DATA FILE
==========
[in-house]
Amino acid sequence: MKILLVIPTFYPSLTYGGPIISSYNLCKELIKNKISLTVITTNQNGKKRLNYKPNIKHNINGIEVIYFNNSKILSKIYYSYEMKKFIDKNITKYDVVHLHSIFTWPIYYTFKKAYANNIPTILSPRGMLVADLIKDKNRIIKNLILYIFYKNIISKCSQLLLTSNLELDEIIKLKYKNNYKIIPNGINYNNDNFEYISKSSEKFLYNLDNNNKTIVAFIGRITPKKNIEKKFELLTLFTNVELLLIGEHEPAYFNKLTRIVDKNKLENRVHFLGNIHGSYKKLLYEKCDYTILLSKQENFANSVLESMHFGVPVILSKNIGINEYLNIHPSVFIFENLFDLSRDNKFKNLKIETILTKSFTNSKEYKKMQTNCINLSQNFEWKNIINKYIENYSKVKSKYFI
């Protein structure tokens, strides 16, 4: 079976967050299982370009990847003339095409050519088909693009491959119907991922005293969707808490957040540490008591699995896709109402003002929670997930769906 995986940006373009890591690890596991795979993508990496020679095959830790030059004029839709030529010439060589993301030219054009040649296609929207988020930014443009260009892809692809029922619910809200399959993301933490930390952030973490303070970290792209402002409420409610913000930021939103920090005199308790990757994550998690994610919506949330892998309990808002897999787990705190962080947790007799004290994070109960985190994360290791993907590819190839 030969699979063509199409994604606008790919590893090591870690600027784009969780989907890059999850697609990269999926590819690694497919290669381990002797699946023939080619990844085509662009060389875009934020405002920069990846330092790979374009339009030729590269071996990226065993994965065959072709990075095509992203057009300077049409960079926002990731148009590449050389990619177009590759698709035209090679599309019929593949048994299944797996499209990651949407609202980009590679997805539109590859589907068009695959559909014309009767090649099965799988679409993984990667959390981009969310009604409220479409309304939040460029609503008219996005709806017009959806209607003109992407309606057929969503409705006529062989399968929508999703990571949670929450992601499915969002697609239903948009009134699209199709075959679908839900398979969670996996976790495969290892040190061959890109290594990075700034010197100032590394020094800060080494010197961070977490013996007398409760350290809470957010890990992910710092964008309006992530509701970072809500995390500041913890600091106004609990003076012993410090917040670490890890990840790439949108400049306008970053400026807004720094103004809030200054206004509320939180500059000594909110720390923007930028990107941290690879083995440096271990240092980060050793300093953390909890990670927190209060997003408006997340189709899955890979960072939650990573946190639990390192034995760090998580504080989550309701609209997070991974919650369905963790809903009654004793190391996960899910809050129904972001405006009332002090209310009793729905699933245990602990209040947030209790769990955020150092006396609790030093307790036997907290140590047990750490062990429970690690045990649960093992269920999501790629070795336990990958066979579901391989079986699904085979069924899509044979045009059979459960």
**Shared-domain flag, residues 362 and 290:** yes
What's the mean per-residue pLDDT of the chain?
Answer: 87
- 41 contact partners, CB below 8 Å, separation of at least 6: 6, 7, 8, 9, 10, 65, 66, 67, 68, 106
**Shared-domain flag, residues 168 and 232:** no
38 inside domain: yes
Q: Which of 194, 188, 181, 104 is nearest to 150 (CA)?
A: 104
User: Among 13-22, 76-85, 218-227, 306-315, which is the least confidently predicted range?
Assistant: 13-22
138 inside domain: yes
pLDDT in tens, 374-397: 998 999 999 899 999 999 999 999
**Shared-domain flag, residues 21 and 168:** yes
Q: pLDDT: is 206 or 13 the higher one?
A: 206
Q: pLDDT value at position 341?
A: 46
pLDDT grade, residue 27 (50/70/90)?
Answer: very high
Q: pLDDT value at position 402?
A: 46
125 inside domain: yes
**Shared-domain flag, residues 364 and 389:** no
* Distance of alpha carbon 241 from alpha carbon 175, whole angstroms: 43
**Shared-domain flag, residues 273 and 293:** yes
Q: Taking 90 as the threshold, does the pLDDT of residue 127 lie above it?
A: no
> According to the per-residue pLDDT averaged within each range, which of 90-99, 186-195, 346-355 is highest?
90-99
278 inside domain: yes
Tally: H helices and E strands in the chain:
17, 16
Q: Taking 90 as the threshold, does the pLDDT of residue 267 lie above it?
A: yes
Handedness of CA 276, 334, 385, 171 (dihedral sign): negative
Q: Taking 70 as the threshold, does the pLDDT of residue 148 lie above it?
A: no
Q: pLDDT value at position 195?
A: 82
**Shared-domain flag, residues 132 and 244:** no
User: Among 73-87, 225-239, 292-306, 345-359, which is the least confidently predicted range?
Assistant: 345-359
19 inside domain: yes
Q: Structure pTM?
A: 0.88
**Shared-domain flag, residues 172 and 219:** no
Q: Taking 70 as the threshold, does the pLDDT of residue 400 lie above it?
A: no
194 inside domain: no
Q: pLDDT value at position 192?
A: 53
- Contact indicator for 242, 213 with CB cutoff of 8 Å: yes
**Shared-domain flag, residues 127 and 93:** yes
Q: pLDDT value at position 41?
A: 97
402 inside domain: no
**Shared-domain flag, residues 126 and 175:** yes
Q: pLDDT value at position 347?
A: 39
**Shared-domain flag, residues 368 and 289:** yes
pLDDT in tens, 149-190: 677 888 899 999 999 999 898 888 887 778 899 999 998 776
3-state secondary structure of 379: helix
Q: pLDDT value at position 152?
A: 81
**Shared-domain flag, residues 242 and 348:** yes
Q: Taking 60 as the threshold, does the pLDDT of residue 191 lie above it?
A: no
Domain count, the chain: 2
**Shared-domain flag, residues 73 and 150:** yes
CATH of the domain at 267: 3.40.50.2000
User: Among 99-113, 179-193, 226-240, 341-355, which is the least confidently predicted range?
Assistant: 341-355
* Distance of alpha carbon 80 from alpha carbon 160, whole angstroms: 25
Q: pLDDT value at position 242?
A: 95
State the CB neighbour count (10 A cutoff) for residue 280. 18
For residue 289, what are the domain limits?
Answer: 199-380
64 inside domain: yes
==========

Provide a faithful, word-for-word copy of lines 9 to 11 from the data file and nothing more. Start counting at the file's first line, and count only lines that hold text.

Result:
38 inside domain: yes
Q: Which of 194, 188, 181, 104 is nearest to 150 (CA)?
A: 104